You'd think that having this much going on at once would be overwhelming but Connolly maintains control throughout. I never felt lost at any point throughout the novels 500 pages and never felt that anything was unnecessary. Connolly often rewrites his books, sometimes in excess of 20 times so he makes sure his novels are tight. Further development is given to Parker's accomplices Louis and Angel. The nature of Louis' employment puts a strain on his relationship with Parker for the first time. We also get a glimpse into how Angel became intertwined with Parker in the first place. This excites me as Louis is given a more central role in a Parker novel down the road and his character is already interesting by the 2nd novel - I can only guess what Connolly has in store for the next few outings.

Dark Hollow focuses a bit more on who these central characters are, their backgrounds and Charlie's reason for continuing down this road. Connolly should be praised for his ability to write thrillers this good but nothing is better than proper character development, it keeps the series interesting. ( )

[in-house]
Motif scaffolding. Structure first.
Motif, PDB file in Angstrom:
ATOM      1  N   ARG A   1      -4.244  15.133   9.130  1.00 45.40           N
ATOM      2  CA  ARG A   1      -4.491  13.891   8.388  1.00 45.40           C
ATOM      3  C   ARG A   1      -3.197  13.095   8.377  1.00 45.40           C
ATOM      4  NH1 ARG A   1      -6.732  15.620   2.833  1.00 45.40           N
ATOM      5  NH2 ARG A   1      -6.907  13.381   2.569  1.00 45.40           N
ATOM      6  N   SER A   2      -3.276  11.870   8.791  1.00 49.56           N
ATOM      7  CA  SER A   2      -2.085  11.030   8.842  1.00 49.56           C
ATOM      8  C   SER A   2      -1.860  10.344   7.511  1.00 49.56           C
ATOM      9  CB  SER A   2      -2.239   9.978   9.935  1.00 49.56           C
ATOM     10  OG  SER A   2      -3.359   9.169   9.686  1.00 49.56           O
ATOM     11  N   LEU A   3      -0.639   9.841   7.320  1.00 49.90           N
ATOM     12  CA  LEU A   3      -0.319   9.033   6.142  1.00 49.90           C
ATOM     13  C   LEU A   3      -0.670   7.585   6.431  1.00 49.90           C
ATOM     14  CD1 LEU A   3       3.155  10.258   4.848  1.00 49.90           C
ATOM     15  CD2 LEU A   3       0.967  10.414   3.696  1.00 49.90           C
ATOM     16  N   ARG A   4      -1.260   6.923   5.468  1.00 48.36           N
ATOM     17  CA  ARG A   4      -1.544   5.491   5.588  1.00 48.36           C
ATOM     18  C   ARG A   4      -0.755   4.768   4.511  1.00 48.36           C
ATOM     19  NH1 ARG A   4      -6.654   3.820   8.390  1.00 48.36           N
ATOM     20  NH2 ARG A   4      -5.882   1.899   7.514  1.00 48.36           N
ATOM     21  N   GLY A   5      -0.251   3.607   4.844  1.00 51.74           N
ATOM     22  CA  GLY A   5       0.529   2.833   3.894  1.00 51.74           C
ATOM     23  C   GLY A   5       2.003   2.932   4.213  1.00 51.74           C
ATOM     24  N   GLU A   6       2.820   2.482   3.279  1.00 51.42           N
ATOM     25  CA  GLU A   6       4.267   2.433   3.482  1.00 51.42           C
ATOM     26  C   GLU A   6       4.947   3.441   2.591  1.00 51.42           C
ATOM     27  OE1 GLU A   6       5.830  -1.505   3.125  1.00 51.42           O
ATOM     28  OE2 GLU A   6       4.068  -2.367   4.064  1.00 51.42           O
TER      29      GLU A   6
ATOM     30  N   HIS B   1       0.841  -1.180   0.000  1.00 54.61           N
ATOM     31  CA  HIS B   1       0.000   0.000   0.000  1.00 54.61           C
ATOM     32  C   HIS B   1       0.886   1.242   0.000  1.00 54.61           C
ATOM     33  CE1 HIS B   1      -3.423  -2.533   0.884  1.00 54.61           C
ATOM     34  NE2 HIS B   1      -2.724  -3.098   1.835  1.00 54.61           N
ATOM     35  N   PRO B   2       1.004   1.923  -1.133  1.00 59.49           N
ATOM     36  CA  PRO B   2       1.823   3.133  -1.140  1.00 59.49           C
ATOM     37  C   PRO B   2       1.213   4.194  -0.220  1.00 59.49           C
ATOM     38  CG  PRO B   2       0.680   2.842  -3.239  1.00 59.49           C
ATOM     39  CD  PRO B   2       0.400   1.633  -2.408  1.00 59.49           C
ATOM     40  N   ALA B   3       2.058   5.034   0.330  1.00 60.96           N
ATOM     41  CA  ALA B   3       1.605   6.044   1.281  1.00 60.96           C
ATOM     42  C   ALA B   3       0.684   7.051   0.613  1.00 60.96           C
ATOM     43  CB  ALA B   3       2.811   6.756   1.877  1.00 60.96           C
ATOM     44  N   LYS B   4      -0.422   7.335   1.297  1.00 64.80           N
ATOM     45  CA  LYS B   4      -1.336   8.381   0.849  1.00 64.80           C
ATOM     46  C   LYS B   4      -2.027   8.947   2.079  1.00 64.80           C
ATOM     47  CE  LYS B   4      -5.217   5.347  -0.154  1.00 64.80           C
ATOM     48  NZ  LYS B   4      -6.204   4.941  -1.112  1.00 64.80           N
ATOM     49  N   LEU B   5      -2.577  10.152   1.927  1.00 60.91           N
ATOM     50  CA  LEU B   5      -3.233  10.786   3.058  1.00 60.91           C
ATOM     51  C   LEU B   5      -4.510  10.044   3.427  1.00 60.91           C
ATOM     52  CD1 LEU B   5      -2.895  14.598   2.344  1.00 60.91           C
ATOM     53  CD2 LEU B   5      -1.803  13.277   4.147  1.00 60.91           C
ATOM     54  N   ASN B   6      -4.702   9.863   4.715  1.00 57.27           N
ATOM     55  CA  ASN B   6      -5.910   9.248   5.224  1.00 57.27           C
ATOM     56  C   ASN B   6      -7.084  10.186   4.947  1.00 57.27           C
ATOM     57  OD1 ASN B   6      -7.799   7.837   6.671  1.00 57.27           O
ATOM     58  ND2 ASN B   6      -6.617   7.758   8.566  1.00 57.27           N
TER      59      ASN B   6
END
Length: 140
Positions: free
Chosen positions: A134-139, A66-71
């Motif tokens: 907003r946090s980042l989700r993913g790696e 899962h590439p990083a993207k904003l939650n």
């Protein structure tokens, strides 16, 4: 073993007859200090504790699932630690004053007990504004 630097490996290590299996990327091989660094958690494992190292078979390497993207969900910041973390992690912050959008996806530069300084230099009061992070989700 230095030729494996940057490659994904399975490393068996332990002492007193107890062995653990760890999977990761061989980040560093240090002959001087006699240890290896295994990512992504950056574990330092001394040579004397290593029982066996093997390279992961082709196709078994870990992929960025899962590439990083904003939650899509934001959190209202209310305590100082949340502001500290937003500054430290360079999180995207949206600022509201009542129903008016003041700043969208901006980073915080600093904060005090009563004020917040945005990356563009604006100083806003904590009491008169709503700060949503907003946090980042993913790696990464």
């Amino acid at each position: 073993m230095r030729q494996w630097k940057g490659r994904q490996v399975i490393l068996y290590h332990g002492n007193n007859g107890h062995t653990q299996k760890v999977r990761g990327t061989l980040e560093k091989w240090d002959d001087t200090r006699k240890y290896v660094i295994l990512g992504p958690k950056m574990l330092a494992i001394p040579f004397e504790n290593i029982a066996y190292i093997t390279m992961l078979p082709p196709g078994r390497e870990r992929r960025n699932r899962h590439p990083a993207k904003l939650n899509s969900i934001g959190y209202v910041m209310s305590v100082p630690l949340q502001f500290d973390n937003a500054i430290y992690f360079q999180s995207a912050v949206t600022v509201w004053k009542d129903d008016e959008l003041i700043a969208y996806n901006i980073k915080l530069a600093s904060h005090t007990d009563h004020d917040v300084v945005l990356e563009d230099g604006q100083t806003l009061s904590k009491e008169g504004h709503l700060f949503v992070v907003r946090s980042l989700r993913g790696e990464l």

1 vote branimal | Apr 1, 2014 |
Very dark and claustrophobic. I liked Every Dead Thing better; the winter-in-Maine setting in Dark Hollow was almost too bleak and heavy. Plus, DH did not have enough Rachel, who was a welcome presence in EDT. I already have book #3 eyeballed at the library, but if these books are all this dark, I might not be able to read too many in a row without a lighthearted break. ( )
  BrookeAshley | May 23, 2013 |
Showing 1-5 of 23 (next | show all)
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» Add other authors (3 possible)

Author nameRoleType of authorWork?Status
Connolly, Johnprimary authorall editionsconfirmed
Bortolussi, StefanoTranslatorsecondary authorsome editionsconfirmed
Vastbinder, MiekeTranslatorsecondary authorsome editionsconfirmed
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Epigraph
Alone, alone, about a dreadful wood
Of conscious evil runs a lost mankind,
Dreading fo find its Father.
W. H. Auden, For the Time Being
Dedication
For my Father
First words
The Dodge Intrepid stood beneath a stand of firs, its windshield facing out to the sea, the lights off, the key in the ignition to keep the heater running.
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Amazon.com Amazon.com Review (ISBN 074341022X, Mass Market Paperback)